HILLSBOROUGH -- The heir to a mansion tucked amid 47.5 wooded acres is seeking to sell the place for $100 million, but whoever pays that price won't be able to move in to the 16,000-square-foot home until the owner dies.
Sotheby's International Realty quietly introduced the ancestral estate of Christian de Guigne IV last year to its global network of wealthy clients. Now the agency is getting the word out to a wider audience, buoyed by the November sale of investor Tully M. Friedman's estate in Woodside for an eye-popping $117.5 million.
De Guigne, 76, was born and raised in the Mediterranean-style home, which was built by his grandfather between 1914 and 1918, and he has lived there much of his adult life. He doesn't plan to ever leave. De Guigne (pronounced "Deh GHEEN-yay") aims to maintain a life estate on the property, said Sotheby's luxury real estate agent Gregg Lynn, meaning the buyer can't reside there until de Guigne passes away.
"That's the way all property used to trade up until the 20th century," said Lynn, who described the estate as a once-in-a-lifetime opportunity for buyers who are both incredibly wealthy and patient.
"I think the specialness here is the sheer size," Lynn added. "To have 47.5 acres 20 miles from San Francisco and 5 miles from (San Francisco International Airport) is something that's incredibly rare."
The estate is the latest entrant into a very strong market in Silicon Valley for luxury homes. Before a secretive buyer, rumored to be Japanese billionaire Masayoshi Son, snapped up Friedman's palace on Mountain Home Road, Russian investor Yuri Milner paid $100 million in 2011 for a mansion in Los Altos Hills.
Ken DeLeon, owner of DeLeon Realty in Palo Alto, said the market for homes above $5 million is hotter than he's ever seen it.
"You have technology doing well," DeLeon said, "but also a lot of international people who are coming here buying second homes."
The owner of the Hillsborough villa is looking to sell the property for the purpose of estate planning, said Lynn from Sotheby. His two grown daughters have no interest in living there.
De Guigne floated a proposal several years ago to subdivide the property into 25 single-family homes, but he withdrew it in January 2009 amid the collapsing economy and criticism from neighbors. The ultra-upscale town indicated at the time that the land, situated on a hillside that is steep in places, could only accommodate 10 homes.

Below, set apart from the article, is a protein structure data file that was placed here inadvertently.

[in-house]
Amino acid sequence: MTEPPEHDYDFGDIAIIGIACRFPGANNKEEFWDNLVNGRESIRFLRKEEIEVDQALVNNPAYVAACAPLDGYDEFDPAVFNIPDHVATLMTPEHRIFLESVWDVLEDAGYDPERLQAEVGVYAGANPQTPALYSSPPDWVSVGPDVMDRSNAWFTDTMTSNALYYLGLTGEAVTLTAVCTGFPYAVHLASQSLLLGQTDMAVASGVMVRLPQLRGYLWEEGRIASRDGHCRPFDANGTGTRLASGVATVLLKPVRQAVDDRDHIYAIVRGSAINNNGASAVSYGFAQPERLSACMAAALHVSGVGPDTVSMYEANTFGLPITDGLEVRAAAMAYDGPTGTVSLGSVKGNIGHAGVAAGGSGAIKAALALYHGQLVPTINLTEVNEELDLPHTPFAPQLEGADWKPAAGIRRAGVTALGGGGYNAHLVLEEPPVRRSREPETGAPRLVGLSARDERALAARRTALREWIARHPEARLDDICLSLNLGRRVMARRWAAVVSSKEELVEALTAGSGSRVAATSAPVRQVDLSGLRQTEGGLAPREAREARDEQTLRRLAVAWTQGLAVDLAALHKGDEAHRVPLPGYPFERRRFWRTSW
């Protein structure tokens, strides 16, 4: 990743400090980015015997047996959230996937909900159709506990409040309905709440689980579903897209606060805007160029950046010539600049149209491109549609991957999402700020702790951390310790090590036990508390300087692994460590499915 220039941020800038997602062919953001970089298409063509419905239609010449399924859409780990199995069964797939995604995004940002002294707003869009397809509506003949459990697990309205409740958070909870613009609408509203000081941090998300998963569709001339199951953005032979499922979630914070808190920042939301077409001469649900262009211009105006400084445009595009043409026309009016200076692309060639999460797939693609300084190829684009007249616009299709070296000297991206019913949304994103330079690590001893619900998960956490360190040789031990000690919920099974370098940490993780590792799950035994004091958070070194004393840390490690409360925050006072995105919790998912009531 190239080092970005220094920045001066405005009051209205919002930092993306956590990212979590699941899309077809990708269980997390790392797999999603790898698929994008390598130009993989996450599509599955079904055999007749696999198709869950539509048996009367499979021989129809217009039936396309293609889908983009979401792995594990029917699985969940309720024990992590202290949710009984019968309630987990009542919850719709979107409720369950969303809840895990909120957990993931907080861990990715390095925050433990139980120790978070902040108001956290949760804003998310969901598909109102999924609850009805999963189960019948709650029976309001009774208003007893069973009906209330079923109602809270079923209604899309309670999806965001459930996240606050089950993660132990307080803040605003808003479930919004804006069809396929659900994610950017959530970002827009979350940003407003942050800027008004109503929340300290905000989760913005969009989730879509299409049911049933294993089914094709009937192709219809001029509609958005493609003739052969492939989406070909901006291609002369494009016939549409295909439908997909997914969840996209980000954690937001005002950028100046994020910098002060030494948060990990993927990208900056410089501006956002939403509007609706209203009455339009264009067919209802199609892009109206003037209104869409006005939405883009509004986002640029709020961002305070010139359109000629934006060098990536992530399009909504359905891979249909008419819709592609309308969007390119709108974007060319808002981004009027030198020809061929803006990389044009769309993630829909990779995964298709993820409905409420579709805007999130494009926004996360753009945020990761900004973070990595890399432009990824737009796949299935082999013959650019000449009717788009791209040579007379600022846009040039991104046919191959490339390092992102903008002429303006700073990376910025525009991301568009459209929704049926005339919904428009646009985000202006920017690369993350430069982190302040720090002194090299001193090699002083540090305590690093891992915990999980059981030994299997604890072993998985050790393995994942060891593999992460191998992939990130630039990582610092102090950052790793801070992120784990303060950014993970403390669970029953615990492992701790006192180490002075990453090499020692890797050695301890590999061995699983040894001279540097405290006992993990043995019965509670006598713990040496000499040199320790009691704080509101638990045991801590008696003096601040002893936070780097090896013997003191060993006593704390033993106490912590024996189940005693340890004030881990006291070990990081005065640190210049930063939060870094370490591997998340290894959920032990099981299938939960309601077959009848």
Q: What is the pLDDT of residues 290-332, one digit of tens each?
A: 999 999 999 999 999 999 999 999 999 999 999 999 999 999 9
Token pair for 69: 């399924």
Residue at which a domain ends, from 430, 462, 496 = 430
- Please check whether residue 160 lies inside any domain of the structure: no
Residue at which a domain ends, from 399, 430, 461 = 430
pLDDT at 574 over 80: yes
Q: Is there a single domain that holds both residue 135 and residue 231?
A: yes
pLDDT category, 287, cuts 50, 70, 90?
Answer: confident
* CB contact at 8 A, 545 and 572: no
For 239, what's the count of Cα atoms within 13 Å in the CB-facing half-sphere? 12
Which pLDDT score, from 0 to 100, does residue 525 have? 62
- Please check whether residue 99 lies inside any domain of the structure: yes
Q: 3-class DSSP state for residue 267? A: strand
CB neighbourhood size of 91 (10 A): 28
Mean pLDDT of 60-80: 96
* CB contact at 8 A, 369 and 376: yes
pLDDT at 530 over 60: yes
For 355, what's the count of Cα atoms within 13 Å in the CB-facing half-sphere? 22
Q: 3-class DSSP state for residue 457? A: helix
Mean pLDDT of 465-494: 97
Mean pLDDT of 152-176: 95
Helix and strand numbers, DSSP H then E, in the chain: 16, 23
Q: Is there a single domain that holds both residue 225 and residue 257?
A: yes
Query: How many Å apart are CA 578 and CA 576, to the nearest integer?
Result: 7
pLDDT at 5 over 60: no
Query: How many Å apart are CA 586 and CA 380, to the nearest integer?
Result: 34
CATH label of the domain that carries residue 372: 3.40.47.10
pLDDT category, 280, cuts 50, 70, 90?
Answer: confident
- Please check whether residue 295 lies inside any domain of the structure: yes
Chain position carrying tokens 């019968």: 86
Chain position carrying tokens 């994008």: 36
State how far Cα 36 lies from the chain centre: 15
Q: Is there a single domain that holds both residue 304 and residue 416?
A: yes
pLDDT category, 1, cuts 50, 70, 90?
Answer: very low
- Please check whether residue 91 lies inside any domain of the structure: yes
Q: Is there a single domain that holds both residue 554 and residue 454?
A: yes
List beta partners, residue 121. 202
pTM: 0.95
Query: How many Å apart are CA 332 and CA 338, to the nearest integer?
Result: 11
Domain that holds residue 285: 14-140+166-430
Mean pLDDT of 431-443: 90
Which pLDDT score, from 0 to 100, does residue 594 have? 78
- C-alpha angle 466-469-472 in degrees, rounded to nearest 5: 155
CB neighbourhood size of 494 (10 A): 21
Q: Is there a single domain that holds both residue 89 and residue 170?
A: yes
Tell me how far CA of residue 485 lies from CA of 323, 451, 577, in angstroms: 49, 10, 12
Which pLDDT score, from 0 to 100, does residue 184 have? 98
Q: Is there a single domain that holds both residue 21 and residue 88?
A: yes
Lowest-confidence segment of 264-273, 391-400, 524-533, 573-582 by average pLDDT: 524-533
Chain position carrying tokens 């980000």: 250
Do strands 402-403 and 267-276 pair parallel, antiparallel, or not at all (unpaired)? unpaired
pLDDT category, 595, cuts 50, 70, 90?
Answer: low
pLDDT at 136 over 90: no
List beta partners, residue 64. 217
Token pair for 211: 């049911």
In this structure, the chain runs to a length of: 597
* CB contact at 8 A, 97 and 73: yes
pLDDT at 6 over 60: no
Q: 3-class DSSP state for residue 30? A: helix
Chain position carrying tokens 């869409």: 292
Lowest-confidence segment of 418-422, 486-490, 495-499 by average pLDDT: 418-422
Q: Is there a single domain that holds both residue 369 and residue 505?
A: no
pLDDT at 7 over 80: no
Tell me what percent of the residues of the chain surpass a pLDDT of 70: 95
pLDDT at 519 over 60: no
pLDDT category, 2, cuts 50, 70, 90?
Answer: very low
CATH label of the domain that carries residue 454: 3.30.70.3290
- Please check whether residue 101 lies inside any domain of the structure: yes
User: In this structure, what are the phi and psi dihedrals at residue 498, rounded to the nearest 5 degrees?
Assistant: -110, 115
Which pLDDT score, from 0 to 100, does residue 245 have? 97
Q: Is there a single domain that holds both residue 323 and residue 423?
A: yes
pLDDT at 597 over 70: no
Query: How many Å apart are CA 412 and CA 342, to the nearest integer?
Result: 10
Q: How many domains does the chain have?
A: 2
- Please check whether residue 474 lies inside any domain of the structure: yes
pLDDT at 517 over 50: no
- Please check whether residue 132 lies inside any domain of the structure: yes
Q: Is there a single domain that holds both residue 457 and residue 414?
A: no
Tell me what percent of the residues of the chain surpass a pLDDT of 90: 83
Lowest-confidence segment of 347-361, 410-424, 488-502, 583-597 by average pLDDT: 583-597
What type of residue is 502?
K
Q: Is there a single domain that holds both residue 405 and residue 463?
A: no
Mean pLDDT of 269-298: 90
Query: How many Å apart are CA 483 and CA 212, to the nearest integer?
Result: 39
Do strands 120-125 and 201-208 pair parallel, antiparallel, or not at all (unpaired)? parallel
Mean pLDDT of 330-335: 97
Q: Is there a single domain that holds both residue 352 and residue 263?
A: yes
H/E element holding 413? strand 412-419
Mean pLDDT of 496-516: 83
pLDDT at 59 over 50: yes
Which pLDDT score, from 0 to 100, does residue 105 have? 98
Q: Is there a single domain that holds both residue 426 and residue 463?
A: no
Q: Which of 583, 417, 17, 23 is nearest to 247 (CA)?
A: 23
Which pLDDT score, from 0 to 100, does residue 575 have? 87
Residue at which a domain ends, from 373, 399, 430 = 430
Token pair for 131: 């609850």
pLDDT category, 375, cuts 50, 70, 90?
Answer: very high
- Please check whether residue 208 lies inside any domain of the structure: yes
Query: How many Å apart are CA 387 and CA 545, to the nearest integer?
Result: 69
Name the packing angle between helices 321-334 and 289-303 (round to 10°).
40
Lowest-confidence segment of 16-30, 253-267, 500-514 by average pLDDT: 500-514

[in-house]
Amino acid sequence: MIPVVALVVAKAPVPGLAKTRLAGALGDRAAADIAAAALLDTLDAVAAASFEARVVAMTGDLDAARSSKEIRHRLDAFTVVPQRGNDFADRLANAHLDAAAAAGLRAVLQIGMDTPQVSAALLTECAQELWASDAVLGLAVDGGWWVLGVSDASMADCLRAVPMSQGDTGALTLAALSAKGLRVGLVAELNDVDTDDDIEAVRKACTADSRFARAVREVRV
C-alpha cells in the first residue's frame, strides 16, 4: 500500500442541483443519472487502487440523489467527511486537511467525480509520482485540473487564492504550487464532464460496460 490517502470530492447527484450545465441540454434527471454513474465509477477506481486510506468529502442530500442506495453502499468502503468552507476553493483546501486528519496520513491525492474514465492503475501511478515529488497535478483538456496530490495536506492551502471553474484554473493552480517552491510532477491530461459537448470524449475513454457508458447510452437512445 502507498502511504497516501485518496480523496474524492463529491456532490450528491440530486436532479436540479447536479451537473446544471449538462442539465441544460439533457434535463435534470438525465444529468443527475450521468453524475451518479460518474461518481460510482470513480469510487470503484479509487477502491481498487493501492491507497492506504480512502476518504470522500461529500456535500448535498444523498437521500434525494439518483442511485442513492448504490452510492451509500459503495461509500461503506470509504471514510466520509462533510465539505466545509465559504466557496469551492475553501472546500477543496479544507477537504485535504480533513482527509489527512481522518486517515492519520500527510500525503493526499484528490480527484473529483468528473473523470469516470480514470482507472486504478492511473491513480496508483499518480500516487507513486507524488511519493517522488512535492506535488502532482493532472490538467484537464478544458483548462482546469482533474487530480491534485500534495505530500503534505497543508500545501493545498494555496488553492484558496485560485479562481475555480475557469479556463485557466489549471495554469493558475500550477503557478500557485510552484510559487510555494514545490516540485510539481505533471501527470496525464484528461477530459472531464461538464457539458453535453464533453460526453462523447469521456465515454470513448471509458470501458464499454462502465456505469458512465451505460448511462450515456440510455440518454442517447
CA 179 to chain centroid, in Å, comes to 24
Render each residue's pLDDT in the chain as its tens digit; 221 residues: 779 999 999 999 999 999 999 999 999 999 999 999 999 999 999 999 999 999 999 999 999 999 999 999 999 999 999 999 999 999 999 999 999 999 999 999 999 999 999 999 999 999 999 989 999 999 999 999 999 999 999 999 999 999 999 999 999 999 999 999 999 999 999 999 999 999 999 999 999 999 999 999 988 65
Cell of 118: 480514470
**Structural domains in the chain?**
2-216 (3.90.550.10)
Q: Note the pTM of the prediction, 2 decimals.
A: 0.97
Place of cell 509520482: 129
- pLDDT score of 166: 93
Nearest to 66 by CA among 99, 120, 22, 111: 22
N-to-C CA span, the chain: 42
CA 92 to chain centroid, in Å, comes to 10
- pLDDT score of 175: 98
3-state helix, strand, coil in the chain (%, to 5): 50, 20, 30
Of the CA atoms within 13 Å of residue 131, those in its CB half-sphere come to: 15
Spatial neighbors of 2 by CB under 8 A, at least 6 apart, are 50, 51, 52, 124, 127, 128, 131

The owner's preference now is to keep the land intact, Lynn said. But aside from the wait to move in, de Guigne will not place any other restrictions on the buyer.
De Guigne has struggled in recent years to maintain the lavish way of life to which he was accustomed, according to state appeals court records of his divorce about a decade ago from his wife, Vaughn. The two feuded over child and spousal support.
The couple maintained a staff of servants and took expensive vacations, records show, though neither worked, relying instead on Christian's annual income from investments and a trust of $240,000. However, because household expenses averaged $450,000 a year, the husband sold off assets, such as an antique knife collection valued at $425,000, to make up the difference.
The estate's land has been in the de Guigne family for about 150 years. Christian de Guigne I was a prominent businessman who at one point in the 19th century owned a chunk of downtown San Mateo.
The property lies above San Mateo Creek south of Crystal Springs Road. The mansion, designed by the prominent San Francisco architecture firm of Bliss & Faville, contains numerous bedrooms, 11 bathrooms, a grand ballroom, a library and a pool. The exterior boasts gardens and hiking trails.
Likely suitors for the property include Bay Area multimillionaires or billionaires who want to establish a future home for their families, Lynn said, and international clients who want a presence in Silicon Valley.
"It has to be someone interested in the long term," Lynn said. "You must wait for the big acreage."
Contact Aaron Kinney at 650-348-4357. Follow him at Twitter.com/kinneytimes.